Tuesday, October 4, 2011

Brace Yourself for "Dancer in the Dark"

Why do I do this to myself? I knew Lars von Trier's "Dancer in the Dark" was an incredibly depressing, emotionally exhausting film by reputation. I sat through "Dogville" in a state of endless discomfort, watching Nicole Kidman's heroine being subjected to countless depravities over the course of the three hour running time. I found "Antichrist" practically unwatchable, loaded with shock-cinema imagery in incredibly poor taste. Why would I watch another Von Trier film, particularly the one that is widely considered to be among his most manipulative and upsetting? Because in spite of how unbearable "Dancer in the Dark" is to endure at times, the film is fantastic.

Selma (Icelandic singer Björk) is a Czech immigrant to the United States, who lives with her young son Gene (Vladica Kostic) in a rented trailer, and works a machine press at a local factory. She has a friend in fellow worker Cathy (Catherine Deneuve), who she nicknames Cvalda, and is persistently courted by Jeff (Peter Stormare), who awkwardly offers her rides home every day. Her pleasures in life are few, the main one being her participation in a local theater class, where she has secured the part of Maria in their production of "Sound of Music." However, few realize that Selma's eyesight is failing due to a hereditary condition. She hopes that she can spare Gene from the same fate by saving up enough money for an operation for him, before she becomes completely blind. She shares the secret with her landlord Bill (David Morse) after he confides in her that he has money troubles, which turns out to be a terrible mistake.

And in typical Lars von Trier fashion, the audience is then forced to watch the total disintegration of Selma's life, and it's as traumatic and heart-wrenching as you'd expect. It's also terribly contrived, based on a set of coincidences that grow more and more preposterous with every passing minute. The actions of David Morse's character are complete nonsense. Tragedies compound upon tragedies in an endless downward spiral. The only reason the film manages any believability at all is because of Björk's performance as the naive, innocent Selma. Björk is so open and so vulnerable and offers up such unfettered emotions to the screen, the viewer forgets that she's performing. This is even true in the scenes where Selma escapes from the harshness of reality through daydreams, which turn her immediate surroundings - the factory, a courtroom, a prison - into elaborately staged musical numbers.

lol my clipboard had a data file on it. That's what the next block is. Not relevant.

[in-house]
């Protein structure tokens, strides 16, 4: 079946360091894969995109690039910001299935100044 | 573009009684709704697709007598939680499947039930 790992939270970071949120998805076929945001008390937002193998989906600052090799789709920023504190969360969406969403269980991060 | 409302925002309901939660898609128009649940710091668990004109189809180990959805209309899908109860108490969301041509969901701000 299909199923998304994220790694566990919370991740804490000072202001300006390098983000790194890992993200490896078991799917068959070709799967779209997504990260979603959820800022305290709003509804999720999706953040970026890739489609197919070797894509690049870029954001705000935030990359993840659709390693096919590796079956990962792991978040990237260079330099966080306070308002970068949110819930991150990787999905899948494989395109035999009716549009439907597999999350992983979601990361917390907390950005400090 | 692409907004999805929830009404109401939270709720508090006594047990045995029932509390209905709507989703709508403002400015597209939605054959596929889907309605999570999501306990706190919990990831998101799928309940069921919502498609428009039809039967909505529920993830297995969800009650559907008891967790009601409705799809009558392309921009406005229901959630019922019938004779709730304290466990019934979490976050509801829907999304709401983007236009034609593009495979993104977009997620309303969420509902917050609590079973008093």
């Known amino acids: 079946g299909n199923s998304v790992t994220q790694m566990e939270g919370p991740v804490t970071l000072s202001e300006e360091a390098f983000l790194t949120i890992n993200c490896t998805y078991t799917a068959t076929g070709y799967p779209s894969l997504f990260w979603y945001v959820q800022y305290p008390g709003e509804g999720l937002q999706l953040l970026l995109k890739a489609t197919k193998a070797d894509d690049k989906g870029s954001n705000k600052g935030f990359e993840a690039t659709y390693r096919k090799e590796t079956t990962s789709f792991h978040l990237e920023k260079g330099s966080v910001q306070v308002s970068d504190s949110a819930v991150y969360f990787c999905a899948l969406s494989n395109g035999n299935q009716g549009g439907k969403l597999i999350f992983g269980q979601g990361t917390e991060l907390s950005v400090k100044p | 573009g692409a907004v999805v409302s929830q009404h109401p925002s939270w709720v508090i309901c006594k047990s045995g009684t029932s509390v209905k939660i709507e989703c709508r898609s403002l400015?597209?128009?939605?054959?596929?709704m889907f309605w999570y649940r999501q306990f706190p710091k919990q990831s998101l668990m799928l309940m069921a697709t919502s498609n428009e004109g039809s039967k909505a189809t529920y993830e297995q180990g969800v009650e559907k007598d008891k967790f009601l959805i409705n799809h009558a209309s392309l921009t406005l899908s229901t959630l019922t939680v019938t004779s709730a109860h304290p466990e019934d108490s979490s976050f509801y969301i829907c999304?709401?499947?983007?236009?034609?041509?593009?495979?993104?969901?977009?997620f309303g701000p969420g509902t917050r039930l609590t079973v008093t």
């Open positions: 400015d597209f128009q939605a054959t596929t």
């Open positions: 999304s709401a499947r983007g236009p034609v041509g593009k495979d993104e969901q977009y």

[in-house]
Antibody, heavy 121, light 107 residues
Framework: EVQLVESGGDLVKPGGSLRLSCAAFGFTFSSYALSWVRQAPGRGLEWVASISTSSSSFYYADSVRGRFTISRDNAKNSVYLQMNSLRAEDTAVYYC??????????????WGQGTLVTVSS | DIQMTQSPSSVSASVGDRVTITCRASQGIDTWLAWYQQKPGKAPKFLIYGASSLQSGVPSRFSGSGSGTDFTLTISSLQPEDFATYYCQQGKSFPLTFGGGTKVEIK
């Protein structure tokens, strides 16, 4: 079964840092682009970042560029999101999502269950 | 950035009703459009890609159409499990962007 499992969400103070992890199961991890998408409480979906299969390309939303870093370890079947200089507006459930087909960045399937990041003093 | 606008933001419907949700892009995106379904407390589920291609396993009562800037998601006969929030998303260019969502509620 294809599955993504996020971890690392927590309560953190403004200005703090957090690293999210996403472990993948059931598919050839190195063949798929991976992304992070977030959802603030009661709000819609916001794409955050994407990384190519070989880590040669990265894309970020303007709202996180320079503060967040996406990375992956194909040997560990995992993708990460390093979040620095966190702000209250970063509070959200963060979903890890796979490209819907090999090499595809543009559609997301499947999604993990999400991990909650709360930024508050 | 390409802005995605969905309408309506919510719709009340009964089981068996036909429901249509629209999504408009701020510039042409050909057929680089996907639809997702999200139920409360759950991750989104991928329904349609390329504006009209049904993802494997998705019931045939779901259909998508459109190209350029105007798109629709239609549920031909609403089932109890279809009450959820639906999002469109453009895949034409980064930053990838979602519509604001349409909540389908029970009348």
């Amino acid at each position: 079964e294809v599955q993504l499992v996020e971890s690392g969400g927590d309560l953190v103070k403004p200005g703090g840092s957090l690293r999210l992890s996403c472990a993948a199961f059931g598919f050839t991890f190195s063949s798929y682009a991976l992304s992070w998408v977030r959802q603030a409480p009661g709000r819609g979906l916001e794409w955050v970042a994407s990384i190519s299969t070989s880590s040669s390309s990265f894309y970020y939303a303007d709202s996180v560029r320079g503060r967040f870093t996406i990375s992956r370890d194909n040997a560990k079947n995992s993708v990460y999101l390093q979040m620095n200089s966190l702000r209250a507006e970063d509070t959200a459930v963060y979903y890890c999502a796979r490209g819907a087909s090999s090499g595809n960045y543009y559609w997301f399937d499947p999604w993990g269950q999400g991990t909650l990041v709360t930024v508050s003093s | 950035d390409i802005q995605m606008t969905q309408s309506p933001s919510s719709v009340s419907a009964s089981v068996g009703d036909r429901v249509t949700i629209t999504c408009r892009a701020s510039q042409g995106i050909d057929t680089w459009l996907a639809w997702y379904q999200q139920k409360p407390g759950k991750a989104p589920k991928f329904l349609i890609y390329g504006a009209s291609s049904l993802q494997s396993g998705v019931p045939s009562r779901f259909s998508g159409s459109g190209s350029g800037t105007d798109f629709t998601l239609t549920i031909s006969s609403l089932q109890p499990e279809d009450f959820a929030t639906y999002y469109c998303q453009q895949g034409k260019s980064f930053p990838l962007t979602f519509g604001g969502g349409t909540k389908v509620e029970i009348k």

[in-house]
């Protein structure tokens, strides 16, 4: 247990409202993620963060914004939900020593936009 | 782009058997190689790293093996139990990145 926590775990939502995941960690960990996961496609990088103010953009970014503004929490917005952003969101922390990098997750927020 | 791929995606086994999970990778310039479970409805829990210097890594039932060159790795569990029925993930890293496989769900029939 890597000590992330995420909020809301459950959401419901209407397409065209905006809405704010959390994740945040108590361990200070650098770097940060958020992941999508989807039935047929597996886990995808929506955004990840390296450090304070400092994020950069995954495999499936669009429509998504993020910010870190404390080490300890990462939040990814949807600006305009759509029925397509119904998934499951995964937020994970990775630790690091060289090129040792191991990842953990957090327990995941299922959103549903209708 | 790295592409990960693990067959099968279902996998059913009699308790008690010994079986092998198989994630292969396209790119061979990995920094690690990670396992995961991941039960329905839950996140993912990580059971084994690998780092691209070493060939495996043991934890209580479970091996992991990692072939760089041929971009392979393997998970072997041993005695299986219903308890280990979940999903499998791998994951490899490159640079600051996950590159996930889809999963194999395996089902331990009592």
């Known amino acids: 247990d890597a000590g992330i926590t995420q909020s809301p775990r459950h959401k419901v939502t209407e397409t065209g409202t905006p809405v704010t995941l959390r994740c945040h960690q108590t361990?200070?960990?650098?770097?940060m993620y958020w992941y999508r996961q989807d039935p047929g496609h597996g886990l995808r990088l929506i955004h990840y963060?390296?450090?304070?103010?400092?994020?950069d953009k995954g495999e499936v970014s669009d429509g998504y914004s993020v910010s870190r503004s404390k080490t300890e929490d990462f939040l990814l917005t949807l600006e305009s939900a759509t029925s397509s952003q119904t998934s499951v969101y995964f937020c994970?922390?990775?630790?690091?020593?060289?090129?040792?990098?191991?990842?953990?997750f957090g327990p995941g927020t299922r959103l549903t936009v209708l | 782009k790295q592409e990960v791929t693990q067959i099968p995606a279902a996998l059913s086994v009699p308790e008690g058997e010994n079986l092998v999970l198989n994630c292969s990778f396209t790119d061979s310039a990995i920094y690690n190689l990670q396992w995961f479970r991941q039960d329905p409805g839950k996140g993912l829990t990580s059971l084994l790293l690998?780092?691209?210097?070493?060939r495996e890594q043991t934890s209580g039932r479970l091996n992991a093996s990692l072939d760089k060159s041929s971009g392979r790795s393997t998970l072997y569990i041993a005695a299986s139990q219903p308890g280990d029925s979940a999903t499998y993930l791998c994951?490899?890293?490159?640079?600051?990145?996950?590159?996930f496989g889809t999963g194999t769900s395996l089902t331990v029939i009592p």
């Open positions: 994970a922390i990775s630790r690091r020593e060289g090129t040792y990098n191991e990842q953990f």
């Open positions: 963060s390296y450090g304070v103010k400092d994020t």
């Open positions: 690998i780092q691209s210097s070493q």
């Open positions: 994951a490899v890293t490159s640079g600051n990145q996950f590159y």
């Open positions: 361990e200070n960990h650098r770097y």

Oh yes. Did I mention that "Dancer is the Dark" is a musical? Roughly half a dozen songs were composed for the film by Björk, who also performs them as Selma. If you've never heard Björk before, her music is madly, wonderfully strange, full of whispers and wails and nearly unintelligible lyrics that nonetheless strike deep. Von Trier chose to shoot "Dancer in the Dark" with digital cameras and few production niceties, so the film has a harsh visual realism that's almost Dogme 95 at times, but not quite. He doesn't change the style for the musical numbers, aside from utilizing some more extreme shots and turning up the color saturation a notch, so between Von Trier and Björk these musical interludes are entirely unique. The only thing that's remotely conventional about them is the choreography, patterned after the grand old musicals of the Hollywood Golden Age that Selma adores.

"In a musical, nothing dreadful ever happens," Selma says at one point, which one suspects gets to the heart of what Lars von Trier was trying to do with "Dancer in the Dark." He criticizes the musical form, but also uses it to wonderful effect. Sometimes the numbers seem a little shoehorned in, like the one at the factory, but otherwise they are used as they were meant to be, as storytelling devices. The standout is "I've Seen it All," where Selma tries to convince Jeff and herself that she doesn't mind losing her eyesight, and participates in a striking dance sequence aboard a moving train. There are also several nods to musical film tradition, including the presence of Catherine Deneuve and a short, memorable appearance by Joel Grey. I suspect the director may enjoy musicals as much as his heroine does.

In the end, though, he is still Lars von Trier, and must devastate his audience with all the dark powers of filmmaking at his disposal. The ending of "Dancer in the Dark" is one of the most wrenching, intense, and cathartic that I've seen. Perhaps he is needlessly cruel, but at the same time he's so good at it, I can't bring myself to complain. I've never seen a screen musical with this much raw power and impact, and Von Trier is the one to thank for it. Or blame for it. Your choice.

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